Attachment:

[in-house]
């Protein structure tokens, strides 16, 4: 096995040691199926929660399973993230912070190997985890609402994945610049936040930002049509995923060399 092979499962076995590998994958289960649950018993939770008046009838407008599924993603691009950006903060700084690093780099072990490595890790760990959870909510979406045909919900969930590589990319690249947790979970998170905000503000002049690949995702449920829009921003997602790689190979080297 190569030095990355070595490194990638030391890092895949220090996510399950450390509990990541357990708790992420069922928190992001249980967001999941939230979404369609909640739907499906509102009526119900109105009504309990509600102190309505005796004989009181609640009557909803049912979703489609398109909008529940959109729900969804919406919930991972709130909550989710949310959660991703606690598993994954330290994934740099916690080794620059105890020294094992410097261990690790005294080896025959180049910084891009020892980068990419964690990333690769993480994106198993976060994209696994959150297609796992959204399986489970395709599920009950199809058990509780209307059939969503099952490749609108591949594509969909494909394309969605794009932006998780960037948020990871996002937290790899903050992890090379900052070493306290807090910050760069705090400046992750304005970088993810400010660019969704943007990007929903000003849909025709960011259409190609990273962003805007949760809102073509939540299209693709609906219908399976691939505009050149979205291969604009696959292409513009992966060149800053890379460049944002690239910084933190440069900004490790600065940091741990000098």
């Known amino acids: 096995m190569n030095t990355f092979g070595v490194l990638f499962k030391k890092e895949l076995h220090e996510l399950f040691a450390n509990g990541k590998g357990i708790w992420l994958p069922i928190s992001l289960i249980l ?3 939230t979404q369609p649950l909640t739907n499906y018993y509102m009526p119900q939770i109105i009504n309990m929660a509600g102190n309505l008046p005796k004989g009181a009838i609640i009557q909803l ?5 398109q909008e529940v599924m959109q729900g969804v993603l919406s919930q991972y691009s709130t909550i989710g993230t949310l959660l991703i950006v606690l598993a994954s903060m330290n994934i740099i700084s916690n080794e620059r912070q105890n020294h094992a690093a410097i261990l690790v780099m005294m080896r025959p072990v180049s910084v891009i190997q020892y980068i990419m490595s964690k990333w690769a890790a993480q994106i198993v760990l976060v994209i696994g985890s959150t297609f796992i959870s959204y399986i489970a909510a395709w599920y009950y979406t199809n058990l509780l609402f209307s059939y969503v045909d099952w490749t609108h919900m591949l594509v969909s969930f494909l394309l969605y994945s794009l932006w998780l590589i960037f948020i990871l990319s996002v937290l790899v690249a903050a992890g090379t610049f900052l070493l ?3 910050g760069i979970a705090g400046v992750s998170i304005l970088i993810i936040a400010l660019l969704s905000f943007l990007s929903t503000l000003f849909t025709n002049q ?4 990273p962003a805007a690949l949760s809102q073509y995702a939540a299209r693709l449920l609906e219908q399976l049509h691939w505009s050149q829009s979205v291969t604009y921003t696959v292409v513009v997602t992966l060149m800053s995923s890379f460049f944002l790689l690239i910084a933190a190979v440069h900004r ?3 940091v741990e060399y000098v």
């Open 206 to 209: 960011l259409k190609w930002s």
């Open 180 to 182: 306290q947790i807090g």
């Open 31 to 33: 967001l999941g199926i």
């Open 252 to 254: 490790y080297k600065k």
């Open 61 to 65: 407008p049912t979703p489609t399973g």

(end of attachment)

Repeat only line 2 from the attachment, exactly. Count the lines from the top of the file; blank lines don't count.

């Protein structure tokens, strides 16, 4: 096995040691199926929660399973993230912070190997985890609402994945610049936040930002049509995923060399 092979499962076995590998994958289960649950018993939770008046009838407008599924993603691009950006903060700084690093780099072990490595890790760990959870909510979406045909919900969930590589990319690249947790979970998170905000503000002049690949995702449920829009921003997602790689190979080297 190569030095990355070595490194990638030391890092895949220090996510399950450390509990990541357990708790992420069922928190992001249980967001999941939230979404369609909640739907499906509102009526119900109105009504309990509600102190309505005796004989009181609640009557909803049912979703489609398109909008529940959109729900969804919406919930991972709130909550989710949310959660991703606690598993994954330290994934740099916690080794620059105890020294094992410097261990690790005294080896025959180049910084891009020892980068990419964690990333690769993480994106198993976060994209696994959150297609796992959204399986489970395709599920009950199809058990509780209307059939969503099952490749609108591949594509969909494909394309969605794009932006998780960037948020990871996002937290790899903050992890090379900052070493306290807090910050760069705090400046992750304005970088993810400010660019969704943007990007929903000003849909025709960011259409190609990273962003805007949760809102073509939540299209693709609906219908399976691939505009050149979205291969604009696959292409513009992966060149800053890379460049944002690239910084933190440069900004490790600065940091741990000098």